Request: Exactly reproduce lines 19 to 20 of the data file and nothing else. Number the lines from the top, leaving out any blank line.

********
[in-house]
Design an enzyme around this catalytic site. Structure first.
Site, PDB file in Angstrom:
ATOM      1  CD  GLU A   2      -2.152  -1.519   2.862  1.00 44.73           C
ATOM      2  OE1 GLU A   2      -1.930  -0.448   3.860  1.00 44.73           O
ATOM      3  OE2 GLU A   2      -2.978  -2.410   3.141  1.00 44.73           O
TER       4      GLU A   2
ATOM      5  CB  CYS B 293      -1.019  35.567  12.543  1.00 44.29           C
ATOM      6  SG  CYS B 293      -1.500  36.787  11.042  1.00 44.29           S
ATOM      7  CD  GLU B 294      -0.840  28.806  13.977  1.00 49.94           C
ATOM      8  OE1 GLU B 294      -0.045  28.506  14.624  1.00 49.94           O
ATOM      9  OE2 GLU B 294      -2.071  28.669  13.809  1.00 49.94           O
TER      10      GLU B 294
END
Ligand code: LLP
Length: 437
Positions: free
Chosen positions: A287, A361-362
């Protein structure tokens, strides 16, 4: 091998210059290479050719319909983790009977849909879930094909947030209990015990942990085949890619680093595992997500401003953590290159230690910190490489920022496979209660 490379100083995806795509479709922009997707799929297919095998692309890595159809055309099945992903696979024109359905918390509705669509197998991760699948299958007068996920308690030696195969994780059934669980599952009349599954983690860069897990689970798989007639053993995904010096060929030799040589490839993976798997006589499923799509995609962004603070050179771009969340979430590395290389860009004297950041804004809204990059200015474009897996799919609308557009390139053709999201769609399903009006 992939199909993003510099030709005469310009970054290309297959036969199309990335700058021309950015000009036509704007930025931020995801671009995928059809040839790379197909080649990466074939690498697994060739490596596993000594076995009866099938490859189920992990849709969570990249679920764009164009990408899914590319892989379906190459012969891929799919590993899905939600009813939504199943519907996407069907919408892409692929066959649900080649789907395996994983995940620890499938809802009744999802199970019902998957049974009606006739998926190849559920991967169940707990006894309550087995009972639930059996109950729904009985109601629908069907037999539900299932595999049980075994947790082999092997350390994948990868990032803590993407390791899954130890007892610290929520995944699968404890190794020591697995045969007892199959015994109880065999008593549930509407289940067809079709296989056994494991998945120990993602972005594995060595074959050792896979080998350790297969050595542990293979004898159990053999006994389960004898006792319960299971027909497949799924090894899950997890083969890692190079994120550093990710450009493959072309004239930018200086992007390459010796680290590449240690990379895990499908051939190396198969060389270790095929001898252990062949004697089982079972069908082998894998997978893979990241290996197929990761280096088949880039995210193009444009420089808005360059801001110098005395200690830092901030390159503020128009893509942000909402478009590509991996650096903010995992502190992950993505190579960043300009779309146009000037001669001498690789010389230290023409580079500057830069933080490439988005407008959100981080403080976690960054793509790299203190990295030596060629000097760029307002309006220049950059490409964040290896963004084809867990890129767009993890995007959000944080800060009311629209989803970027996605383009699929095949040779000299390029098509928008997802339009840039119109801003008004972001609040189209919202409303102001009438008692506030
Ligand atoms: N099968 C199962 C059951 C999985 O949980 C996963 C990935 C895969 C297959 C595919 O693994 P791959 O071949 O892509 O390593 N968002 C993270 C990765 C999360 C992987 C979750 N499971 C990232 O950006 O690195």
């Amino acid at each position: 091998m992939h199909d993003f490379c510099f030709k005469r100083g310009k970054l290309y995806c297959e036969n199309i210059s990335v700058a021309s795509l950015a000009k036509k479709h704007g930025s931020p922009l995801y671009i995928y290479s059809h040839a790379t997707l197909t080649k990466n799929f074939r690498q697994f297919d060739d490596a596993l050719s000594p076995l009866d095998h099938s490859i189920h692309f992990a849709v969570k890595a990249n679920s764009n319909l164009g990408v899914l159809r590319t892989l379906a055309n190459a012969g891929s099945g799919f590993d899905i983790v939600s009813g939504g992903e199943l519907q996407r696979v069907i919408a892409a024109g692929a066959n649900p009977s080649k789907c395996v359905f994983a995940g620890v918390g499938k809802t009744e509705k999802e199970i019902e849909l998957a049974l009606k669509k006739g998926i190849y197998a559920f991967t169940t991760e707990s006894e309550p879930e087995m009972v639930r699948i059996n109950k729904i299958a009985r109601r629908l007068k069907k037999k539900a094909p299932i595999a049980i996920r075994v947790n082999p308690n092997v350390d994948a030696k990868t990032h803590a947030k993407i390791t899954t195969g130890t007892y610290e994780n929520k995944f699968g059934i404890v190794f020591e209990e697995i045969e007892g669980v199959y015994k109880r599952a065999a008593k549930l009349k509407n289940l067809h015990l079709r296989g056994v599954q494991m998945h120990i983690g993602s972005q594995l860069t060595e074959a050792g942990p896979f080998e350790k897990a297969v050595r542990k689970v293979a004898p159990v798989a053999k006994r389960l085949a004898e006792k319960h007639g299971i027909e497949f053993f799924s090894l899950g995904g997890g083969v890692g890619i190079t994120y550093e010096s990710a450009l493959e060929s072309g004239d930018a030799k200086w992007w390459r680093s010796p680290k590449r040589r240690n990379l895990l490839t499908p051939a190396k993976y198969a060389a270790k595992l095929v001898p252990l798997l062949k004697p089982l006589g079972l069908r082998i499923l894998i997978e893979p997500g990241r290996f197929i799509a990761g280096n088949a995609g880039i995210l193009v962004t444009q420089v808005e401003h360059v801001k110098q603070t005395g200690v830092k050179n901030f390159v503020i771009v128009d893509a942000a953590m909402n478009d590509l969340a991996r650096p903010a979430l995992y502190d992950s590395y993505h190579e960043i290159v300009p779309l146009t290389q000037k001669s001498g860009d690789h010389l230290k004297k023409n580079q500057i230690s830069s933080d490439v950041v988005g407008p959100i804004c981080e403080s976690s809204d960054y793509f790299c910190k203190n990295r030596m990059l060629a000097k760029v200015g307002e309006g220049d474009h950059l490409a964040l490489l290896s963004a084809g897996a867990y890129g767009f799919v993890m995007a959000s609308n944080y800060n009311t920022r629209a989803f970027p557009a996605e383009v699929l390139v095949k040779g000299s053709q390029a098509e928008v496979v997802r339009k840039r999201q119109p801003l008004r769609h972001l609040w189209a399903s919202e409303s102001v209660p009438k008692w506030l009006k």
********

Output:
């Protein structure tokens, strides 16, 4: 091998210059290479050719319909983790009977849909879930094909947030209990015990942990085949890619680093595992997500401003953590290159230690910190490489920022496979209660 490379100083995806795509479709922009997707799929297919095998692309890595159809055309099945992903696979024109359905918390509705669509197998991760699948299958007068996920308690030696195969994780059934669980599952009349599954983690860069897990689970798989007639053993995904010096060929030799040589490839993976798997006589499923799509995609962004603070050179771009969340979430590395290389860009004297950041804004809204990059200015474009897996799919609308557009390139053709999201769609399903009006 992939199909993003510099030709005469310009970054290309297959036969199309990335700058021309950015000009036509704007930025931020995801671009995928059809040839790379197909080649990466074939690498697994060739490596596993000594076995009866099938490859189920992990849709969570990249679920764009164009990408899914590319892989379906190459012969891929799919590993899905939600009813939504199943519907996407069907919408892409692929066959649900080649789907395996994983995940620890499938809802009744999802199970019902998957049974009606006739998926190849559920991967169940707990006894309550087995009972639930059996109950729904009985109601629908069907037999539900299932595999049980075994947790082999092997350390994948990868990032803590993407390791899954130890007892610290929520995944699968404890190794020591697995045969007892199959015994109880065999008593549930509407289940067809079709296989056994494991998945120990993602972005594995060595074959050792896979080998350790297969050595542990293979004898159990053999006994389960004898006792319960299971027909497949799924090894899950997890083969890692190079994120550093990710450009493959072309004239930018200086992007390459010796680290590449240690990379895990499908051939190396198969060389270790095929001898252990062949004697089982079972069908082998894998997978893979990241290996197929990761280096088949880039995210193009444009420089808005360059801001110098005395200690830092901030390159503020128009893509942000909402478009590509991996650096903010995992502190992950993505190579960043300009779309146009000037001669001498690789010389230290023409580079500057830069933080490439988005407008959100981080403080976690960054793509790299203190990295030596060629000097760029307002309006220049950059490409964040290896963004084809867990890129767009993890995007959000944080800060009311629209989803970027996605383009699929095949040779000299390029098509928008997802339009840039119109801003008004972001609040189209919202409303102001009438008692506030
Ligand atoms: N099968 C199962 C059951 C999985 O949980 C996963 C990935 C895969 C297959 C595919 O693994 P791959 O071949 O892509 O390593 N968002 C993270 C990765 C999360 C992987 C979750 N499971 C990232 O950006 O690195």